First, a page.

What A Winter - Cape Flying Championship (Grade 1)
(Photo : Gold Circle)
THE MET MILE AND THE KING’S BISHOP STAKES
While you’d have to respect the Kentucky Derby for the stallions it’s produced in its 136 year history, in modern times, there are no two more influential breed-shaping American races than the Met Mile (Gr1) and the King’s Bishop (Gr1).
The 1996 renewal of the King’s Bishop Stakes at Saratoga (then a Grade 2) has been widely recognized as a vintage edition, mostly because it produced a number of today’s top sires. The first three across the wire - Honour and Glory, Elusive Quality and Distorted Humor - have all sired Eclipse Award winners.
The following year’s Met Mile (Gr1) probably wouldn’t be given a second thought by many, but the last two weeks have shown that it’s a fine sire-producing race in its own right.
Winner Langfuhr, sire of champion Lawyer Ron and others, saw his veteran son Euroears get a deserved first graded stakes success in the Palos Verdes Stakes (Gr2) at Santa Anita January 22.
Western Winter, a son of Gone West who is little known to North American breeders, had two three-year-old Group 1 winners in South Africa - What A Winter won the Cape Flying Championship (Gr1) on January 22, while Covenant took the Klawervlei Majorca Stakes (Gr1) on January 29. Western Winter also concluded South Africa’s recent Cape Premier Yearling Sale as the fifth-leading sire, with 11 of 13 sold for R591,818 - roughly $82,500.)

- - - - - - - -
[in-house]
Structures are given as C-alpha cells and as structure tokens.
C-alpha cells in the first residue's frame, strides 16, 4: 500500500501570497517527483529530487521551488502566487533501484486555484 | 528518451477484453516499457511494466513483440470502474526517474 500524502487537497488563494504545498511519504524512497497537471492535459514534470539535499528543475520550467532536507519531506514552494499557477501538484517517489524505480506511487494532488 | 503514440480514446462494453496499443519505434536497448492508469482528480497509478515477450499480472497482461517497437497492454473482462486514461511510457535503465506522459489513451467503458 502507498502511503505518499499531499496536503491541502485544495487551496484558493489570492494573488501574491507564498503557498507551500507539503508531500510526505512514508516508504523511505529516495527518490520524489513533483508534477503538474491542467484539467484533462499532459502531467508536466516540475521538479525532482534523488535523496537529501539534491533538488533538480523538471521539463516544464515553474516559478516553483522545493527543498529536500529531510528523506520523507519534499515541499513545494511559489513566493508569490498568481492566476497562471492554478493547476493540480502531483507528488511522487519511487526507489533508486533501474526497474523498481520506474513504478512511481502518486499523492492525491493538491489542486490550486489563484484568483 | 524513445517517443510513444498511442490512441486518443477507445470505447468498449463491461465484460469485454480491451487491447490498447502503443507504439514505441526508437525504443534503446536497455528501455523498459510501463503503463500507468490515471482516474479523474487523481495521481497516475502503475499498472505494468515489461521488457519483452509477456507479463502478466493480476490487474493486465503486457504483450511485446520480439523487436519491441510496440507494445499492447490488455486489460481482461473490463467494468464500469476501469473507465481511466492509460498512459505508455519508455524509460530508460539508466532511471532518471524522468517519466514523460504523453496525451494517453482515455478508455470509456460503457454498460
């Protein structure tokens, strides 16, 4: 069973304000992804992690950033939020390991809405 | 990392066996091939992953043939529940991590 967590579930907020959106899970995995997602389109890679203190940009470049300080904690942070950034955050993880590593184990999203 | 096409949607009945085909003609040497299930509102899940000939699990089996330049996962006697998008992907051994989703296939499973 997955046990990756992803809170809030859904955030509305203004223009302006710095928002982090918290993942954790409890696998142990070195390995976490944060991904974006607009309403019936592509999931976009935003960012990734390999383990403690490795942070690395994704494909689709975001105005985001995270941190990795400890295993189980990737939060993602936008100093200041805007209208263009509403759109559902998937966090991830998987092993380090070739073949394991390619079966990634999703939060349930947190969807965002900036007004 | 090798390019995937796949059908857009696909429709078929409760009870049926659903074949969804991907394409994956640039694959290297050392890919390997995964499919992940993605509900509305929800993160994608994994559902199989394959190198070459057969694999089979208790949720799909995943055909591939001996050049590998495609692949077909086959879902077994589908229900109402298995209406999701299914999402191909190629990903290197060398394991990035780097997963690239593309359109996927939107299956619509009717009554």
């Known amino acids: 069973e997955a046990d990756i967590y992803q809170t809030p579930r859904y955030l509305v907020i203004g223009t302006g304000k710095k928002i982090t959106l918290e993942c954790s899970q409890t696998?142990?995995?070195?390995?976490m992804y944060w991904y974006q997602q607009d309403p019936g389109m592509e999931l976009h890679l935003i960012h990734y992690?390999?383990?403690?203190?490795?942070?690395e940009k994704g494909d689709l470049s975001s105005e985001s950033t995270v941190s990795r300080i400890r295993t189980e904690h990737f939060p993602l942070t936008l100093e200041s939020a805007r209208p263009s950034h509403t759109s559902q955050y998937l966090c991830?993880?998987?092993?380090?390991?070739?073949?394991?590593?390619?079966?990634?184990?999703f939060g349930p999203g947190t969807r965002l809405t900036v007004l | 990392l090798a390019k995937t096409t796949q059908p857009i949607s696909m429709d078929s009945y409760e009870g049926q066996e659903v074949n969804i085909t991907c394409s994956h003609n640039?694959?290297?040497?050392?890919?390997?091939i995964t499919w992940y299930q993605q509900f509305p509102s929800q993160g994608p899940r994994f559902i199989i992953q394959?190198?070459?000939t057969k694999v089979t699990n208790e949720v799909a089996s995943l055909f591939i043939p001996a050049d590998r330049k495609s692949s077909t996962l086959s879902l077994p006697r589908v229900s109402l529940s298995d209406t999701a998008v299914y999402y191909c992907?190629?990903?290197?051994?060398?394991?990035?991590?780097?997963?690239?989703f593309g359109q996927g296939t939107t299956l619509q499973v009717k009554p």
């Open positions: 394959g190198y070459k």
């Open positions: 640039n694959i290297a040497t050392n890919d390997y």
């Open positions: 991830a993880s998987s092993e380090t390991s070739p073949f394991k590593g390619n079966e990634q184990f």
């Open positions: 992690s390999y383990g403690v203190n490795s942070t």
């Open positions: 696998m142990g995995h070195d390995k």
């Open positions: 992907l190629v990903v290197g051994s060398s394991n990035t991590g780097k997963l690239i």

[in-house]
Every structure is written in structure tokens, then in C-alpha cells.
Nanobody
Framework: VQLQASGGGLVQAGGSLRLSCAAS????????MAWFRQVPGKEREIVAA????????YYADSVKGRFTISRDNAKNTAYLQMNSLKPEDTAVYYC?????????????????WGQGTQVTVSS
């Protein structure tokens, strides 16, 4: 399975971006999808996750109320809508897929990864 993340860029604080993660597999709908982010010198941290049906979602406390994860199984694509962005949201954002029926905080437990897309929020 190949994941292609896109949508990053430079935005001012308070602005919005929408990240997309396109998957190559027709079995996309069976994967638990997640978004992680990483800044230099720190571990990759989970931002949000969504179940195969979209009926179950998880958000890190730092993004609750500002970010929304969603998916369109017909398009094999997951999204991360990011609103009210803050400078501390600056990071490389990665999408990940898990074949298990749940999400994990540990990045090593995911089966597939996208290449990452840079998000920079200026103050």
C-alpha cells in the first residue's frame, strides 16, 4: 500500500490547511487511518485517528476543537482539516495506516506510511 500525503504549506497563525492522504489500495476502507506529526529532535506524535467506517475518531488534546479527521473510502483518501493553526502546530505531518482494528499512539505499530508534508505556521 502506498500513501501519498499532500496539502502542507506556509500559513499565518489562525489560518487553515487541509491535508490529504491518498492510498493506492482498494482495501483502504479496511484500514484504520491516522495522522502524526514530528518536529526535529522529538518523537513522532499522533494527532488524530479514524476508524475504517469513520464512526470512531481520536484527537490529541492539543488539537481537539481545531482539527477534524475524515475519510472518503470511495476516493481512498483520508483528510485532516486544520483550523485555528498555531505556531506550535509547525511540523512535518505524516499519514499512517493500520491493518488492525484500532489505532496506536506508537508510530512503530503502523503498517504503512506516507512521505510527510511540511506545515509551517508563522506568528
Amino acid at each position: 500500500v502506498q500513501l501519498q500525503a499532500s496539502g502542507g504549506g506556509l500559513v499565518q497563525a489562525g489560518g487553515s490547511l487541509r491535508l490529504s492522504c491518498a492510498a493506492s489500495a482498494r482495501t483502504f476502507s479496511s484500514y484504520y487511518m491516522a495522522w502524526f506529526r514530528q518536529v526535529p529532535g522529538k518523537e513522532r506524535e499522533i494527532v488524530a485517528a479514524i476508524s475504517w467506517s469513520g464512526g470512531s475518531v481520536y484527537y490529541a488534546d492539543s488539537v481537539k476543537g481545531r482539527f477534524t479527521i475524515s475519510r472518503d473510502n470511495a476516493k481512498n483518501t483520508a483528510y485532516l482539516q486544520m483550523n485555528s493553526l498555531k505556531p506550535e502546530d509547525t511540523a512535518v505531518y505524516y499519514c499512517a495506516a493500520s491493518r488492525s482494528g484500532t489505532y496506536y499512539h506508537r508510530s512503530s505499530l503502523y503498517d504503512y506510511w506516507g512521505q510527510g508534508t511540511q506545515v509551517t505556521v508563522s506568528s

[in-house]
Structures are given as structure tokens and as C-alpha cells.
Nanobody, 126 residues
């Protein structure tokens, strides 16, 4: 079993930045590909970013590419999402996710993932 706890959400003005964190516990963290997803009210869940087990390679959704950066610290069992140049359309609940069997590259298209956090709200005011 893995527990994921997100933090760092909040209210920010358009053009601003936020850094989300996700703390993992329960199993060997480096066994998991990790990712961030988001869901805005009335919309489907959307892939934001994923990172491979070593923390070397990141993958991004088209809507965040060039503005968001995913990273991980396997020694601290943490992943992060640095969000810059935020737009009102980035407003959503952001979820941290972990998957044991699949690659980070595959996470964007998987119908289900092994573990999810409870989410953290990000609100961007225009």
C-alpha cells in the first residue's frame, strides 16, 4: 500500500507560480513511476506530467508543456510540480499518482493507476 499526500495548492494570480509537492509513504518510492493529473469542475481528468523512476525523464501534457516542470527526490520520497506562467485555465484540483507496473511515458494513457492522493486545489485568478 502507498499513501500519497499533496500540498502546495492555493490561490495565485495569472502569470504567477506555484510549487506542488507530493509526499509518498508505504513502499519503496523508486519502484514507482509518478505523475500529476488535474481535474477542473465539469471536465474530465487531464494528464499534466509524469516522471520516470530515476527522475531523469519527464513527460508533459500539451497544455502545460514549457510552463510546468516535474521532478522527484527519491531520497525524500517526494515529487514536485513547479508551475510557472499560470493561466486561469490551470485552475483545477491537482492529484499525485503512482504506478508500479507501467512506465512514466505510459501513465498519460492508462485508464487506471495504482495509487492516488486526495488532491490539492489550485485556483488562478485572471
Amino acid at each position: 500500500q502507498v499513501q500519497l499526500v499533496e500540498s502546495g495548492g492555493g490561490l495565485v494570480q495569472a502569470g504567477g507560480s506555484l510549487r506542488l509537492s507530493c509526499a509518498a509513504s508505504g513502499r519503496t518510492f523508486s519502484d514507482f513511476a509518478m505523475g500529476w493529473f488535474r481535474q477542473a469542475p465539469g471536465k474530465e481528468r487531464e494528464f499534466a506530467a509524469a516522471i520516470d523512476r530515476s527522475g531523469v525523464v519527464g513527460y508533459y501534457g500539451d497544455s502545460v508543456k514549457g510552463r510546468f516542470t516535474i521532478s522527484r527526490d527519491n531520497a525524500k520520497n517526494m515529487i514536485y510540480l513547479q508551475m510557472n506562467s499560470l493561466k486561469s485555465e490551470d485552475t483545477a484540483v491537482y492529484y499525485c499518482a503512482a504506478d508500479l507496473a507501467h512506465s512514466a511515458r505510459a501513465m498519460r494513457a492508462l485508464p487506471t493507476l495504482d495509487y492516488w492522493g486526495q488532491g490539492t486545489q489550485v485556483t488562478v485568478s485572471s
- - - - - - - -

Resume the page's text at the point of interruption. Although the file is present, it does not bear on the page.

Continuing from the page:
And Northern Afleet, third by a length in the 1997 Met Mile, landed a lucrative trifecta during last weekend’s Sunshine Millions event. At Santa Anita, his four-year-old daughter Evening Jewel, in return to form, won the $300,000 Distaff, while the gelding Amazombie captured the $200,000 Sprint Stakes. Back east at Gulfstream, his daughter Aegean upset the $200,000 Filly & Mare Sprint.
Extract from Thoroughbred Daily News